Hurricane Willa weakens to tropical depression, torrential rain to continue

The U.S. National Hurricane Center said Wednesday that Hurricane Willa has weakened to a tropical depression but torrential rains will continue in west-central Mexico.

The meteorologists said that Willa was moving toward the northeast at speeds near 20 mph, movement expected to continue during the next 12 hours. The Hurricane Center added that the government of Mexico has discontinued all coastal tropical cyclone warnings for the country.


"Continued rapid weakening is forecast during the next 12 hours, and Willa is expected to dissipate by this afternoon," the Hurricane Center said.

Willa began losing power overnight after roaring over a stretch of beach towns, fishing villages and farms on the Pacific coast of Mexico's Sinaloa state as a Category 3 storm.

Damage assessments were scanty during the night because of darkness and poor communications, but federal officials said power had been knocked out in some spots and there were early reports of flimsy structures with tin roofs sustaining damage.

Before hitting the mainland near Isla del Bosque with 120 mph winds Tuesday night, Willa swept over an offshore penal colony about 60 miles out in the Pacific. Authorities declined to comment on precautions that were taken at the prison, citing security concerns, but said the safety of inmates was a priority.

The U.S. National Hurricane Center said the storm's forward movement had sped up to 17 mph late Tuesday and it was expected to rapidly weaken. It warned, however, that the storm could still cause heavy rains in portions of Jalisco, Nayarit and Sinaloa states, with flash flooding and landslides possible in mountainous areas.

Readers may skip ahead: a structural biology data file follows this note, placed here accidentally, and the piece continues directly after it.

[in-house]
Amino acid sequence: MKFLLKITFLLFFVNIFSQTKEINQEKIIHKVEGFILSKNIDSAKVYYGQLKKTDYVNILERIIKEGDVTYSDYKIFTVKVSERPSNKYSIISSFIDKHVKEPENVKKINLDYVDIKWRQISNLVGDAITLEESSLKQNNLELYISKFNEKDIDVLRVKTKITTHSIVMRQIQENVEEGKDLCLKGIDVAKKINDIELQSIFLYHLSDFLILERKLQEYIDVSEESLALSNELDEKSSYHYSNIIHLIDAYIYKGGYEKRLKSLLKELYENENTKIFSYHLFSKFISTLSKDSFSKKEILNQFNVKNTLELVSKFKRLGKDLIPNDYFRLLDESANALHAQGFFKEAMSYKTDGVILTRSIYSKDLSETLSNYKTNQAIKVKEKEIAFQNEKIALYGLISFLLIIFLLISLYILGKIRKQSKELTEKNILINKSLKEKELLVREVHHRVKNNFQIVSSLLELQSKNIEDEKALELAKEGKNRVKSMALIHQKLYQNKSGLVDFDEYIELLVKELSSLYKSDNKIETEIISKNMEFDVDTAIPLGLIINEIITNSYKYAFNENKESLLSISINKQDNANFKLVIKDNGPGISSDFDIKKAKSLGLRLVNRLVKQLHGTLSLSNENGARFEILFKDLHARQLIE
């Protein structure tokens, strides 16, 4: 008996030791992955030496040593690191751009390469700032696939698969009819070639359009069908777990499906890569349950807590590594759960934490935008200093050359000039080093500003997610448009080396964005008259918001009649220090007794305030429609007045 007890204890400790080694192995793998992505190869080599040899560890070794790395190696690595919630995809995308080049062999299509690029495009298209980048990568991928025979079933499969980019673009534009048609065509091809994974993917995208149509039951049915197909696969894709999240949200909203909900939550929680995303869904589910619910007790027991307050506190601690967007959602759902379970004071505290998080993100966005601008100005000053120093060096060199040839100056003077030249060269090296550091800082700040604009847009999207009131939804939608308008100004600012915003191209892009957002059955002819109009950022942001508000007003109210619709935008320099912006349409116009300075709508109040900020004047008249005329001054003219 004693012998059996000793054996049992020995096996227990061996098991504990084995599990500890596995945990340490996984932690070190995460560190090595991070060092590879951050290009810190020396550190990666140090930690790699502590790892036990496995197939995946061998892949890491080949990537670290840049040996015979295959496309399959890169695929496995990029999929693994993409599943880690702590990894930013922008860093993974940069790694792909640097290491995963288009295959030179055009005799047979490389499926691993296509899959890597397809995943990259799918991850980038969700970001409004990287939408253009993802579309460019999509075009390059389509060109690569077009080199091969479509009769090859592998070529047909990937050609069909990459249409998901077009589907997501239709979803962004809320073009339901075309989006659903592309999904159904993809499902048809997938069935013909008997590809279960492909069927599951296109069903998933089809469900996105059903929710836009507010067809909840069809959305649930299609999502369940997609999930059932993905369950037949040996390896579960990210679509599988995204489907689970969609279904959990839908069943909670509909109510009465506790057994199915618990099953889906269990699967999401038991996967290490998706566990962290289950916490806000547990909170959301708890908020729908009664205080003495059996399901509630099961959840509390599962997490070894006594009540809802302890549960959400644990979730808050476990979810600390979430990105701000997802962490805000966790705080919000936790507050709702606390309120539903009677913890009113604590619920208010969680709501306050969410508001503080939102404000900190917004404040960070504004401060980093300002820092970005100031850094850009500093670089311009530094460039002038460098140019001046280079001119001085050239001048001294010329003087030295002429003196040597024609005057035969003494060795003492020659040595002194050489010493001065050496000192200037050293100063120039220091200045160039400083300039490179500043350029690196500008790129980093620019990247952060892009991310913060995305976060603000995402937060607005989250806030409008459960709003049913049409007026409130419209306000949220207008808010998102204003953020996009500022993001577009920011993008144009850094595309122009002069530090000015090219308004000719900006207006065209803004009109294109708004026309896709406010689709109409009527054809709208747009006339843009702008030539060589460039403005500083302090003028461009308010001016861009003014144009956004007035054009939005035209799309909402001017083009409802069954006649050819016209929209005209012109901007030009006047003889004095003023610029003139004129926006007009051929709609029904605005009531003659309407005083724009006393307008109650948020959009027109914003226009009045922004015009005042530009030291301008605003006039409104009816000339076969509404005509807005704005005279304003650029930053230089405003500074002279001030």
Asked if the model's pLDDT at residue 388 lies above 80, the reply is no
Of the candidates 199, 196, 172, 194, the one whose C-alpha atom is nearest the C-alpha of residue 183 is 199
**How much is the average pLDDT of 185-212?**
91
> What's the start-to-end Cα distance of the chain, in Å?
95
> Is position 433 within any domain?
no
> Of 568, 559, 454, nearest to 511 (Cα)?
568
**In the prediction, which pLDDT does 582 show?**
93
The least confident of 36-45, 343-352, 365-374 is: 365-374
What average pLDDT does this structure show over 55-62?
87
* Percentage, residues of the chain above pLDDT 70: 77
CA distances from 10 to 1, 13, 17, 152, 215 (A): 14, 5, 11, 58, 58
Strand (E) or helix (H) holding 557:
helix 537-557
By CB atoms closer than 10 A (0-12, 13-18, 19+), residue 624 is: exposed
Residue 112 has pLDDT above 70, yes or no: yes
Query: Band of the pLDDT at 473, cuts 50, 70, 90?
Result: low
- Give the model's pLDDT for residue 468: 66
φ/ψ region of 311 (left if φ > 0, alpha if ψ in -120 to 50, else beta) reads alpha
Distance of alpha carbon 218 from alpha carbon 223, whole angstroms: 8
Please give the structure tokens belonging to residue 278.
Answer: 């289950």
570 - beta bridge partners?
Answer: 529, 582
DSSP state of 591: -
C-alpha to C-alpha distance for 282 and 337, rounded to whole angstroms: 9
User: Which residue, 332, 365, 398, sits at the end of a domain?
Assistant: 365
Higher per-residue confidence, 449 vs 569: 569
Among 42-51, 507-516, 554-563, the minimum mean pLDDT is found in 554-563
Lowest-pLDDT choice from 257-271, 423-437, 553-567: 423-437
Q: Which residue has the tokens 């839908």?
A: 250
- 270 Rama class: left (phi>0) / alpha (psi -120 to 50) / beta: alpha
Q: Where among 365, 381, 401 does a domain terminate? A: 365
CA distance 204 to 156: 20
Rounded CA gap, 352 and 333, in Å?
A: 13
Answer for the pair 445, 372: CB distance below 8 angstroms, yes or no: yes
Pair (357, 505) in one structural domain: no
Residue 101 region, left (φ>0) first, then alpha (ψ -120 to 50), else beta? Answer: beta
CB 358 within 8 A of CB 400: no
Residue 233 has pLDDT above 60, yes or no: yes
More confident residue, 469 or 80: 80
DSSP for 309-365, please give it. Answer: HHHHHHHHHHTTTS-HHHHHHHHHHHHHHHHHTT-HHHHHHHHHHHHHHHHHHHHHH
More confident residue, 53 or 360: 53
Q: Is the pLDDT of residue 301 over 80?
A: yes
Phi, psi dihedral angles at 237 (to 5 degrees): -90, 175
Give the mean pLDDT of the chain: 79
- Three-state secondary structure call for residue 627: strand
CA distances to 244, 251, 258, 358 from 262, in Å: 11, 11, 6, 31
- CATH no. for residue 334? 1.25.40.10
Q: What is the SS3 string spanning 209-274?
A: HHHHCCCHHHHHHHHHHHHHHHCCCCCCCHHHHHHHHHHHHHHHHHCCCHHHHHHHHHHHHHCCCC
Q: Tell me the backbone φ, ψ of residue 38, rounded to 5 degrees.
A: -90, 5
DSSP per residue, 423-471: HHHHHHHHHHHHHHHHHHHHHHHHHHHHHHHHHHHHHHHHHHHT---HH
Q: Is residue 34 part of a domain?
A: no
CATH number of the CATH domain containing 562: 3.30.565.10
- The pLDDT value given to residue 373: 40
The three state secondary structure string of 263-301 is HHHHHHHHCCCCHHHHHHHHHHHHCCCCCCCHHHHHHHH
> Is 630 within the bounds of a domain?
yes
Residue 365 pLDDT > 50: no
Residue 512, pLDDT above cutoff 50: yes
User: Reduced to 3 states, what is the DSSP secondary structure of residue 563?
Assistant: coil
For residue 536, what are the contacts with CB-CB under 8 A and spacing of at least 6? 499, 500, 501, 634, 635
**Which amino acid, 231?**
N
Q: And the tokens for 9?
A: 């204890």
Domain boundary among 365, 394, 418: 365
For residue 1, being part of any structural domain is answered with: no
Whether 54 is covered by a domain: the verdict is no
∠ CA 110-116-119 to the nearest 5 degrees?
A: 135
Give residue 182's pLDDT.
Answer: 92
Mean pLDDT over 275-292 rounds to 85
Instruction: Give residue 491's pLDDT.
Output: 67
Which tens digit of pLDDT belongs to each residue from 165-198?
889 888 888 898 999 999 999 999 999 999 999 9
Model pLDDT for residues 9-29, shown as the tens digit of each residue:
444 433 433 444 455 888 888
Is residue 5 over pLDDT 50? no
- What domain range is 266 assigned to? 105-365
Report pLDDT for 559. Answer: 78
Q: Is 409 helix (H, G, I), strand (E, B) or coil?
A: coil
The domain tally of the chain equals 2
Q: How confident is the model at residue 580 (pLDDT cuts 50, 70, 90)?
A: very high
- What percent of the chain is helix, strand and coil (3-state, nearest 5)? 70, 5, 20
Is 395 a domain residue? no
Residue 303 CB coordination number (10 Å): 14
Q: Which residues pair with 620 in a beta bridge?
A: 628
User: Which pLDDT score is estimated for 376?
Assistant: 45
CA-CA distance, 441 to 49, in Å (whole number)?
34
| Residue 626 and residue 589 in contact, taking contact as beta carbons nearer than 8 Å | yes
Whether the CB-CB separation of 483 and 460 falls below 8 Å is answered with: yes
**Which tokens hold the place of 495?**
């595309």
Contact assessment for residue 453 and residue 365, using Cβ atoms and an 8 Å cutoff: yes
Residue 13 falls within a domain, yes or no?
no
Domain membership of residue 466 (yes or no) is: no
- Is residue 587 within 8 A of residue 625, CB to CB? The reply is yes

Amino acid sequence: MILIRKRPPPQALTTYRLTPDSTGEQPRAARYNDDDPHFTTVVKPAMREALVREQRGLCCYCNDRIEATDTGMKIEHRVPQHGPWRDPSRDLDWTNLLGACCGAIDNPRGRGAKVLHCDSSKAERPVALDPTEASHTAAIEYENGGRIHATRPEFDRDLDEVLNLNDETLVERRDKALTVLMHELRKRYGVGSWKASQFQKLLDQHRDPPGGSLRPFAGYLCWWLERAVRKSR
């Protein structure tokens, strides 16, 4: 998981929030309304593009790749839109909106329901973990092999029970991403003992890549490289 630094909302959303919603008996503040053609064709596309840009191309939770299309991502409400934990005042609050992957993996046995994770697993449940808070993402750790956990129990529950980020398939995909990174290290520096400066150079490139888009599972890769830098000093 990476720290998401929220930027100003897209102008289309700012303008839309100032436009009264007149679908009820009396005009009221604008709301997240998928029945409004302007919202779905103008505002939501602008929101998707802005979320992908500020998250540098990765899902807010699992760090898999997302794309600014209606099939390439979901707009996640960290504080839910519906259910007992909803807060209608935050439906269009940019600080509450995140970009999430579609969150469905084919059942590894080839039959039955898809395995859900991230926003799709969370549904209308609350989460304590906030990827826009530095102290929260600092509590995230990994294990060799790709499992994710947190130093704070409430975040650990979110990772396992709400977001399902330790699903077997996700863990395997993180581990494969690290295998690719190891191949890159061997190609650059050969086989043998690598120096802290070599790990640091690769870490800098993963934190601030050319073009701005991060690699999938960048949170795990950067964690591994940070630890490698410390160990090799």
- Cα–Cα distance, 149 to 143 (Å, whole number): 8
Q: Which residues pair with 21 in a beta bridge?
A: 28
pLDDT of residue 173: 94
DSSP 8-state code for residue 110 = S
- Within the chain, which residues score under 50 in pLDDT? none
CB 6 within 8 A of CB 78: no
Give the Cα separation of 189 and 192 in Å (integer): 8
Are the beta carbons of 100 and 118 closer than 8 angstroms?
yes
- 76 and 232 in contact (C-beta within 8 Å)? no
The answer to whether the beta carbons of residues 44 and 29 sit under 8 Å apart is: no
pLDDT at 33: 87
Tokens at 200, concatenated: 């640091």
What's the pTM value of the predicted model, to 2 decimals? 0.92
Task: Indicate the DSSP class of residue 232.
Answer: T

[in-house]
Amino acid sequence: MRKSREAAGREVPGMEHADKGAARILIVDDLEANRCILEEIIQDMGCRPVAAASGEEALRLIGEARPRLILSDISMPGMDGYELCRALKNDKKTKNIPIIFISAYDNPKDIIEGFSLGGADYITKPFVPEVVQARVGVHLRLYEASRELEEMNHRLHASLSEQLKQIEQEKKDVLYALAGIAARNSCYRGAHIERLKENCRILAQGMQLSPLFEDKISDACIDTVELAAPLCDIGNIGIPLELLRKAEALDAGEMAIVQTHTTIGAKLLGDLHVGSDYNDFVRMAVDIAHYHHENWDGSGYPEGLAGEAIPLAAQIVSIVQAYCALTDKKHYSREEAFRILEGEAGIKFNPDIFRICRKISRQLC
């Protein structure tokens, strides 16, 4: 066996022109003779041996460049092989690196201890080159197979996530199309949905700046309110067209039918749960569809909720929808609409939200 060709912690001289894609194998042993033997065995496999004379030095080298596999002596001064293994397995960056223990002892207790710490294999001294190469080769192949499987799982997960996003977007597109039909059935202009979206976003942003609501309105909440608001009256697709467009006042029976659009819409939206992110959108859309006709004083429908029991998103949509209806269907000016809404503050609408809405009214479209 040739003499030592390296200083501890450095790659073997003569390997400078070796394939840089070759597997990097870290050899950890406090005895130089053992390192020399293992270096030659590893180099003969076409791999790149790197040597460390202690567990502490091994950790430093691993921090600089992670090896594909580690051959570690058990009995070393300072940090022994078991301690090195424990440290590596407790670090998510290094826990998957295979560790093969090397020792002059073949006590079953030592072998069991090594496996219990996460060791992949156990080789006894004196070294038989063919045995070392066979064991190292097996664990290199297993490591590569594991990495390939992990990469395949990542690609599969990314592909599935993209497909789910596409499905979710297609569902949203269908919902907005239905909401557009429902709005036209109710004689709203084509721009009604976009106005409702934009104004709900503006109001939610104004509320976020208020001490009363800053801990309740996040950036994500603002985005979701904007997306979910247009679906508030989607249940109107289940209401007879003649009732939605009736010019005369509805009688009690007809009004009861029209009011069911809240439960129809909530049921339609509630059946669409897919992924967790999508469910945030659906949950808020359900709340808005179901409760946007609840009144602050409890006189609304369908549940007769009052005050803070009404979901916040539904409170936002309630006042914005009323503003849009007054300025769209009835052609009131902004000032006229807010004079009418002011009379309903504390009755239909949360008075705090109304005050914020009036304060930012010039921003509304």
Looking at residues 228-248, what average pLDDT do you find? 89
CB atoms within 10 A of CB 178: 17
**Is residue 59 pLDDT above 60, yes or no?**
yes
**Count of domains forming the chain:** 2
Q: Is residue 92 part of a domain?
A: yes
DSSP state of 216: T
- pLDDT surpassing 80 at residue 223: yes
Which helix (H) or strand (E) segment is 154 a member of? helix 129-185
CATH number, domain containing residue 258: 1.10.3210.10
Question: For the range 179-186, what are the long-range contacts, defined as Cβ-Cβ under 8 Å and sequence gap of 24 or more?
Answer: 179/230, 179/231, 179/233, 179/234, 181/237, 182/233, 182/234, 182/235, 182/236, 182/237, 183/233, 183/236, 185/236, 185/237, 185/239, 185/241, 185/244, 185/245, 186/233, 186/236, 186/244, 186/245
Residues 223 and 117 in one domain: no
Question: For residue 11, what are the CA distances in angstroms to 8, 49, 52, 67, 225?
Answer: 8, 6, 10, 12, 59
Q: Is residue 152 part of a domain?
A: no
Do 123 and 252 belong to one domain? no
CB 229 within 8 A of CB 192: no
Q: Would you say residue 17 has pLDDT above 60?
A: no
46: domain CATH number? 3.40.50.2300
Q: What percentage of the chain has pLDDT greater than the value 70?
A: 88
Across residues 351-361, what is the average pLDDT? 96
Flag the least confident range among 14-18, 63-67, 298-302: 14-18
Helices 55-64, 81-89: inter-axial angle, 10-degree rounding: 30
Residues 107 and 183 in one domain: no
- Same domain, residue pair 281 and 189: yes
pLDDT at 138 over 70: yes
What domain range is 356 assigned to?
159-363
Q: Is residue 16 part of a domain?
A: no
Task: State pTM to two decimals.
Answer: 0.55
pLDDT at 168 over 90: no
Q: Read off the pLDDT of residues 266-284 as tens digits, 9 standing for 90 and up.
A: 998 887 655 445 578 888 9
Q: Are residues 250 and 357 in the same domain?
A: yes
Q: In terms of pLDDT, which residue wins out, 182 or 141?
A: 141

Willa came ashore about 50 miles southeast of Mazatlan, a resort city that is home to high-rise hotels and about 500,000 people, including many U.S. and Canadian expatriates.

Although hotels, restaurants and stores were boarded over, people ventured onto Mazatlan's coastal boulevard to watch a spectacular sunset as the hurricane obscured the sky to the south.

Alberto Hernandez, a hotel worker in the town of Teacapan, close to where the storm made landfall, expressed confidence before it hit that the building would hold up. He and his son, who also works at the hotel, stayed on the job, though the rest of his family had left the area.

"We've had rain all day. There is nobody in the streets. Everything is closed," Hernandez said. "But not everyone wanted to leave, even though authorities made it clear that he who stays does so at his own peril."

Torrential rains began in the afternoon, and emergency officials said they had evacuated more than 4,250 people in coastal towns and set up 58 shelters ahead of the dangerous storm. Schools were ordered closed.

As Willa neared, the beach in Mazatlan almost disappeared, with waves slamming against the coastal boulevard under looming black clouds. A few surfers enjoyed the big waves while the streets onshore were nearly deserted except for workers boarding up windows at hotels, shops and homes.

Some families took shelter at the Mazatlan convention center, spreading out blankets along the walls to wait out the storm.

"The house we're living in is not well built," said Sergio Ernesto Meri Franco, who rents a studio apartment.

Bob Swanson, a Canadian who spends two to six months of the year in his house in the Cerritos neighborhood near the shore in Mazatlan, said he filled his washing machine with water, topped up his home fuel tank and gassed up his car in case he needed to head into the mountains for safety.

"I'm kind of waiting with bated breath," he said over the phone, adding that he was sitting on his porch and smoking a cigarette.
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